|Scientific Name:||Gracula ptilogenys Blyth, 1846|
|Taxonomic Source(s):||del Hoyo, J., Collar, N.J., Christie, D.A., Elliott, A., Fishpool, L.D.C., Boesman, P. and Kirwan, G.M. 2016. HBW and BirdLife International Illustrated Checklist of the Birds of the World. Volume 2: Passerines. Lynx Edicions and BirdLife International, Barcelona, Spain and Cambridge, UK.|
|Red List Category & Criteria:||Near Threatened ver 3.1|
|Reviewer(s):||Butchart, S. & Symes, A.|
|Facilitator/Compiler(s):||Benstead, P., Gilroy, J., Khwaja, N.|
This species has a moderately small global range, and is likely to be declining as a result of habitat loss. It is able to persist in some degraded habitats, suggesting that it may not be at imminent risk, but the situation requires careful monitoring. It is currently considered Near Threatened.
|Previously published Red List assessments:|
|Range Description:||Gracula ptilogenys is endemic to the wet zone of Sri Lanka, where it is common to very common in lowlands and hills wherever forest persists.|
|Range Map:||Click here to open the map viewer and explore range.|
|Population:||The population size of this species has not been quantified, but it is described as uncommon and local.|
Trend Justification: Declines are suspected to be occurring as a result of widespread forest destruction, although rates of decline are unlikely to be higher than moderate, as this species is tolerant of secondary and degraded habitats.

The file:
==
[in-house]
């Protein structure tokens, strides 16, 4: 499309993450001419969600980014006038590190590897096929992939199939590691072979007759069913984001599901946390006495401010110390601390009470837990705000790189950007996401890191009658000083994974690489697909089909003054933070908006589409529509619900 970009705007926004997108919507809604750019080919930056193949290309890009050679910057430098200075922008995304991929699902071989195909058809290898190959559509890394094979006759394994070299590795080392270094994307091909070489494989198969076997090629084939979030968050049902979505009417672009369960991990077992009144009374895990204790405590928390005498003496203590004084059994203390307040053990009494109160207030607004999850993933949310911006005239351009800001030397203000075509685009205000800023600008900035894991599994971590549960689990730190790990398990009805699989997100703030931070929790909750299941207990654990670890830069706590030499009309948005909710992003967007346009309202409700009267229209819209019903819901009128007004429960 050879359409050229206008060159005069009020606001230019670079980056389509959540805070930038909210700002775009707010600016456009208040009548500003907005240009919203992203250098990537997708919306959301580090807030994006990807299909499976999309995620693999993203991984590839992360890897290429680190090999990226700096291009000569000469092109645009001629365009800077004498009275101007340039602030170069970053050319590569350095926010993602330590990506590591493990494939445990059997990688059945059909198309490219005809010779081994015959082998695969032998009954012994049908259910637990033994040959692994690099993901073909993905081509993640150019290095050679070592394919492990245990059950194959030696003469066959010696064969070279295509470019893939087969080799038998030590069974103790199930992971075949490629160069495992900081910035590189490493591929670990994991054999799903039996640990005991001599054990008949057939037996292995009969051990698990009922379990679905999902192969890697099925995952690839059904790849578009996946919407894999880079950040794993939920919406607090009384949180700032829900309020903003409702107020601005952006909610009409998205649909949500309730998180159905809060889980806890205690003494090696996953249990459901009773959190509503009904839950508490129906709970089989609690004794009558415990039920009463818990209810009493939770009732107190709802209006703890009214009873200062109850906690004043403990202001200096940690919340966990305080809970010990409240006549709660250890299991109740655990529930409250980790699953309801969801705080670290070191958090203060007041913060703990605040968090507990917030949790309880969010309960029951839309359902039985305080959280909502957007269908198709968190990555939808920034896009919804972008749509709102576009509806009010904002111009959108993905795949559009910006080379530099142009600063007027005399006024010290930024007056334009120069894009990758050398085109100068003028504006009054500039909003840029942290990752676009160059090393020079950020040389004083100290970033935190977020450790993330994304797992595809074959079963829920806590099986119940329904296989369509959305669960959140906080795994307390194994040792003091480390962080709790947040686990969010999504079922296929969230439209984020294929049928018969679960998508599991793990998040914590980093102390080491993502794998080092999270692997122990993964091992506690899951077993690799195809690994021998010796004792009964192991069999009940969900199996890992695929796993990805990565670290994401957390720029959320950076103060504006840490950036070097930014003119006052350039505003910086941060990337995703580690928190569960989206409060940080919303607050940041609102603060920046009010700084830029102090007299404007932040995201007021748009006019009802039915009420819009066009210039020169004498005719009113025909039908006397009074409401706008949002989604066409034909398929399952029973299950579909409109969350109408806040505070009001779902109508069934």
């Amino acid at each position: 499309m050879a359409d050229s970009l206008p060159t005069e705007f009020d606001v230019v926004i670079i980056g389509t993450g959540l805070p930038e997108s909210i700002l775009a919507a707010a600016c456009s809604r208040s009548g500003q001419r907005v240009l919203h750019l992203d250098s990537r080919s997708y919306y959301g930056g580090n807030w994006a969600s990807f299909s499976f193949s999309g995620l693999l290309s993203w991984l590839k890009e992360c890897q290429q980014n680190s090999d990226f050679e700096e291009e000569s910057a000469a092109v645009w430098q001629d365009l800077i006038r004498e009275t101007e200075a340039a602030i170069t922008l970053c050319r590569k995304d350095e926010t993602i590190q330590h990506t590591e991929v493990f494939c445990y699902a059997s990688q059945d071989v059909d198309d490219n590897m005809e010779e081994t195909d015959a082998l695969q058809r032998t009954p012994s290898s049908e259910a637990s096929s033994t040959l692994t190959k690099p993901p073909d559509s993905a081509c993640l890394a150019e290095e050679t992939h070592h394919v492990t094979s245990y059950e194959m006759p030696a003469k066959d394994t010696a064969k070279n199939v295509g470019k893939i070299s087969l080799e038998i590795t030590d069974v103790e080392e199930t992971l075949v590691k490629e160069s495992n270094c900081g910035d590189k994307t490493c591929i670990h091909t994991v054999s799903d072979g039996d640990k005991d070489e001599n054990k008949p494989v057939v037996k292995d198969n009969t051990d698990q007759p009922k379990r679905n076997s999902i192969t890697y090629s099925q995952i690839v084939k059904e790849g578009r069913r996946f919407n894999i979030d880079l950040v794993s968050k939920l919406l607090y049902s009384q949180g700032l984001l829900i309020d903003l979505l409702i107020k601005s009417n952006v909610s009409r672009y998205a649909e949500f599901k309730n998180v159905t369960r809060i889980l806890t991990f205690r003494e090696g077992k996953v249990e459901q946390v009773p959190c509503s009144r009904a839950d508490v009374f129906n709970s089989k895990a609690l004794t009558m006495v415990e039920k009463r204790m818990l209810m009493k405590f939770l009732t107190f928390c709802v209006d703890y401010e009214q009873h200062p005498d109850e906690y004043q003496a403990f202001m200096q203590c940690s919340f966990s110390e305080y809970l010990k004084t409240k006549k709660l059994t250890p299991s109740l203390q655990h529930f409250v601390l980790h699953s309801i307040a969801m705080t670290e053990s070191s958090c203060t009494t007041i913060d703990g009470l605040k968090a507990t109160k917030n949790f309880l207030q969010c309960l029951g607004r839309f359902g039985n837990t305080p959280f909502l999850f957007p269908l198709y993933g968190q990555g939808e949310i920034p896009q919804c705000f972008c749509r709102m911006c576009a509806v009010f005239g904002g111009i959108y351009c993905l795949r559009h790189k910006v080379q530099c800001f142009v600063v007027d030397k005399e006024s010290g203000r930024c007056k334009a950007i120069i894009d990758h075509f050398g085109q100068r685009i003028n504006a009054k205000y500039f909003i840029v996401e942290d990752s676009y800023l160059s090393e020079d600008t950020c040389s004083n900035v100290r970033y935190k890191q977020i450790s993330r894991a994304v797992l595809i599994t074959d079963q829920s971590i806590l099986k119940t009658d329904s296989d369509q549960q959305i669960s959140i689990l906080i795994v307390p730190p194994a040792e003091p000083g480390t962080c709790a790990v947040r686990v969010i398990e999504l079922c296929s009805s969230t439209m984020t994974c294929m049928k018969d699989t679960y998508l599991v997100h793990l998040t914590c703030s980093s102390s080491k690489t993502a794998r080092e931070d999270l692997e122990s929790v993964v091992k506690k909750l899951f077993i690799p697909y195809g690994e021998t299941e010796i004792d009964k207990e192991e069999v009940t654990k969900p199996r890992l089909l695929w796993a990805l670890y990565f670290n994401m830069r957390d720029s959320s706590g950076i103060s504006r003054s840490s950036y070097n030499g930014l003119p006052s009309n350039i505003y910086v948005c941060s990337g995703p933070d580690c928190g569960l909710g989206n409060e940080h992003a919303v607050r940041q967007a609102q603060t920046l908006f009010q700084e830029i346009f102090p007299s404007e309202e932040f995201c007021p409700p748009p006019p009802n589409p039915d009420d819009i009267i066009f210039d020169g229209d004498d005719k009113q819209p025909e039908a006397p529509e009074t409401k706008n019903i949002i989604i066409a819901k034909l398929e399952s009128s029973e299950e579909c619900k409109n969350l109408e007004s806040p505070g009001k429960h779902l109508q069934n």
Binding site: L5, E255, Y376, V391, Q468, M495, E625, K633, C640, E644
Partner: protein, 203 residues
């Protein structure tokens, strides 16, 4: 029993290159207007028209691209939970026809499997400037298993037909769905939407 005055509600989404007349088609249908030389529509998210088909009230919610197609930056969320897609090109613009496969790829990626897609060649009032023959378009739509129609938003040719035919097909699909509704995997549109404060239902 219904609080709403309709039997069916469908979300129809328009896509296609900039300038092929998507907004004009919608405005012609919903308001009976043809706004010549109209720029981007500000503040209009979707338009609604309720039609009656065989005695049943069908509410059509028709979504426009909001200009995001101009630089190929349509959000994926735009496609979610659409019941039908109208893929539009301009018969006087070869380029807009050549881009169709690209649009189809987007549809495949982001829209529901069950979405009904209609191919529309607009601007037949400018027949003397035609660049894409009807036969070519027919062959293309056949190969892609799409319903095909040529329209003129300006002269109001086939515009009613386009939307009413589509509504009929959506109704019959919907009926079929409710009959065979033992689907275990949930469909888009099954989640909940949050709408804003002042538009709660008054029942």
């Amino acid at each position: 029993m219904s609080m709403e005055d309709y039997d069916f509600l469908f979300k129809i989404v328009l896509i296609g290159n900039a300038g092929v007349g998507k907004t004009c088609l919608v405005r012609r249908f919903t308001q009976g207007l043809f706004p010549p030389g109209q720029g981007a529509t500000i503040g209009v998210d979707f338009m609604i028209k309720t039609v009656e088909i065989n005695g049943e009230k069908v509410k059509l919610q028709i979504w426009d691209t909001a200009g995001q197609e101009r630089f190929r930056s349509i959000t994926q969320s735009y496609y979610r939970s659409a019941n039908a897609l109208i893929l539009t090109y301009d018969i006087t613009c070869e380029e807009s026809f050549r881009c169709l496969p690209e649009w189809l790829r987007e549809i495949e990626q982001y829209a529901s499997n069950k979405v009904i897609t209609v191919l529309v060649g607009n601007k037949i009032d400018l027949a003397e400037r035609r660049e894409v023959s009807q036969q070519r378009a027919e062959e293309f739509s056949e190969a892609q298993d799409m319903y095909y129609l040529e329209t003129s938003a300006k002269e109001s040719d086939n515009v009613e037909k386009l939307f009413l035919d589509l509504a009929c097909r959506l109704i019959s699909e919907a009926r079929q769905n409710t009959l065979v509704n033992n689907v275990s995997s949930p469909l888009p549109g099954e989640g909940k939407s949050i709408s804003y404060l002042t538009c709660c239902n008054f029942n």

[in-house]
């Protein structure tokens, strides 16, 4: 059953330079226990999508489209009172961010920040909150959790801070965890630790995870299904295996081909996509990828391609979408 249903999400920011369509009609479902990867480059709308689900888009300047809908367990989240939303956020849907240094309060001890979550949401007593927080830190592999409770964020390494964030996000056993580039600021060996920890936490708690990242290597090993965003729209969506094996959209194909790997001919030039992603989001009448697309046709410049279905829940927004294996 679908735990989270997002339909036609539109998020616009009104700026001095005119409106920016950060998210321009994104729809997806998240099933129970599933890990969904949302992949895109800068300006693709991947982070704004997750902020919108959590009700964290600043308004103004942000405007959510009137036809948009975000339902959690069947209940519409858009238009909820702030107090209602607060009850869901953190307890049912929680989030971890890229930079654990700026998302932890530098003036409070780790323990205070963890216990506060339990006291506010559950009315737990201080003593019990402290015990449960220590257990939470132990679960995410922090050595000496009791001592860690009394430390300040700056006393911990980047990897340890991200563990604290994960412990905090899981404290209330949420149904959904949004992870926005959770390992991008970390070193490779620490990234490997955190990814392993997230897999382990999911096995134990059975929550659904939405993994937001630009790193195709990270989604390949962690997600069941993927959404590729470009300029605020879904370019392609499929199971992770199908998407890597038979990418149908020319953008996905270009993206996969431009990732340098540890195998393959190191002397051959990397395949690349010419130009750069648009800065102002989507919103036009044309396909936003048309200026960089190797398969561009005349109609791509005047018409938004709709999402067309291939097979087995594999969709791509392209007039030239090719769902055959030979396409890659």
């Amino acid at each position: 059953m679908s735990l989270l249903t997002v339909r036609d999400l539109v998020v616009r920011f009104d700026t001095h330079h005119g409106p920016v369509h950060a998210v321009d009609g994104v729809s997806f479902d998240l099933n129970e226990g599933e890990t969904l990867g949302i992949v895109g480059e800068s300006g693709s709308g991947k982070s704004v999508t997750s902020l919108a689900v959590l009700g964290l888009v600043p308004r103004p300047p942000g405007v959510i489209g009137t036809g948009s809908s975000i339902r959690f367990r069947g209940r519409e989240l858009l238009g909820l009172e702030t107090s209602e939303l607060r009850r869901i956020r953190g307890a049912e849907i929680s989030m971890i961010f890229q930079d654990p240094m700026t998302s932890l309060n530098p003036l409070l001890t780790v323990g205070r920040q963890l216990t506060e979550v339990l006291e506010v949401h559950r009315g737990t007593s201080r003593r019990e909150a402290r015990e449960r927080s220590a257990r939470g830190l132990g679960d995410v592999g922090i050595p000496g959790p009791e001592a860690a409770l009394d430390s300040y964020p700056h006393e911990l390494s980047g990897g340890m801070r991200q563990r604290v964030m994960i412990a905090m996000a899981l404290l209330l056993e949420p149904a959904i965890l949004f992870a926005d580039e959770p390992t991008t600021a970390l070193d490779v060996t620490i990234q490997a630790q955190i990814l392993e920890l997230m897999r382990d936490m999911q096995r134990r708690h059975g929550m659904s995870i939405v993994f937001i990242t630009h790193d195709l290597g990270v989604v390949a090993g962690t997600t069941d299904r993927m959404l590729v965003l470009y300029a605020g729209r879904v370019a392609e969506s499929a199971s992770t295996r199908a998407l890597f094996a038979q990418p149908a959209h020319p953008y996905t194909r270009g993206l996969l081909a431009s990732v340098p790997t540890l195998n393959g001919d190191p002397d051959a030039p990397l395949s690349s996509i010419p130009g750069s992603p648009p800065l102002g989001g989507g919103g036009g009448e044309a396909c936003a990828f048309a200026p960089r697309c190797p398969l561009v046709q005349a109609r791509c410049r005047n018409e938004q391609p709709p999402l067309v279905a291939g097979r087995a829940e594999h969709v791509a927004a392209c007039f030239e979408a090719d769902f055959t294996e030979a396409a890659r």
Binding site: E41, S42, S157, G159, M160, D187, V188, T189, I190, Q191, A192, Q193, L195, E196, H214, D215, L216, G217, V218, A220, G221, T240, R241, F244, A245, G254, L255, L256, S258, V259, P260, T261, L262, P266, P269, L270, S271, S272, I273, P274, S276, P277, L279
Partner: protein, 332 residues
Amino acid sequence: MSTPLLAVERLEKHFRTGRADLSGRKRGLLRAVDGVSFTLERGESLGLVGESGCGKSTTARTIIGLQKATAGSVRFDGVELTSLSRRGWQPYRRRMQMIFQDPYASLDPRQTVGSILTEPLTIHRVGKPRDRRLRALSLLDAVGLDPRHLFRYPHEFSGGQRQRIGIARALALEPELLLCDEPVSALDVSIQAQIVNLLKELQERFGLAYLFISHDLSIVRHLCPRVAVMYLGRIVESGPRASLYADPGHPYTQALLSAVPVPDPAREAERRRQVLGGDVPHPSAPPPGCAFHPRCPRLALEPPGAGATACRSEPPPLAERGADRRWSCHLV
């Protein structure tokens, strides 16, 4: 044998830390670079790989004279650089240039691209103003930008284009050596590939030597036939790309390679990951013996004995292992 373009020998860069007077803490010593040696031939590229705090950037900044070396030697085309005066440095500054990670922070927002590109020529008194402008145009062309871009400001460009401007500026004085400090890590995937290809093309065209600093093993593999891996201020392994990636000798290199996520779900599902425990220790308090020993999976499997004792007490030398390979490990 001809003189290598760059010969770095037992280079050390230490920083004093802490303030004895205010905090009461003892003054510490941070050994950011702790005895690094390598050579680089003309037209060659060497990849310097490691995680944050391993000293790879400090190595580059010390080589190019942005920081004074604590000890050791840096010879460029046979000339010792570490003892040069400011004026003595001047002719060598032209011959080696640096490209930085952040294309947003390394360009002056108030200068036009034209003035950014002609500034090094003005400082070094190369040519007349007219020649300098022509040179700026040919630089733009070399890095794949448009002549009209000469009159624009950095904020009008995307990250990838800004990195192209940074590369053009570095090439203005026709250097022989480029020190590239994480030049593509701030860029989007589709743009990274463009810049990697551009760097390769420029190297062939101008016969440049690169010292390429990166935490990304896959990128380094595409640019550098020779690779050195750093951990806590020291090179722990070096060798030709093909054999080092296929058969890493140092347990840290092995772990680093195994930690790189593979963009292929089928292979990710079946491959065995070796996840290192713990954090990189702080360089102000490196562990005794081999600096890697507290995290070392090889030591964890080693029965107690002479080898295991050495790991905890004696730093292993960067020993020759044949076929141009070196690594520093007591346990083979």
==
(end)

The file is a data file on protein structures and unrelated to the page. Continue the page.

|Current Population Trend:||Decreasing|
|Habitat and Ecology:||This species prefers natural forest and well-wooded country, although it also visits gardens and plantations if forest is nearby. It appears to be relatively tolerant of habitat degradation.|
|Continuing decline in area, extent and/or quality of habitat:||Yes|
|Generation Length (years):||4.1|
|Movement patterns:||Not a Migrant|
|Major Threat(s):||Forest on Sri Lanka has suffered rapid degradation and fragmentation in the past decades through excessive gathering of fuelwood, clearance for permanent agriculture, shifting cultivation, fire, urbanisation and logging. Closed-canopy forest is estimated to have declined from 29,000 km2 (44% of the island's area) in 1956 to 12,260 km2 in 1983. It is feared that this loss will continue.|
Conservation Actions Underway
Conservation Actions Proposed
Conduct repeated surveys within the range to determine population trends and rates of habitat loss. Conduct ecological studies to improve understanding of its precise habitat requirements, particularly tolerance of secondary habitats and response to fragmentation. Grant protected status to areas of forest occupied by the species.
|Citation:||BirdLife International. 2016. Gracula ptilogenys. The IUCN Red List of Threatened Species 2016: e.T22710988A94271252.Downloaded on 22 October 2017.|
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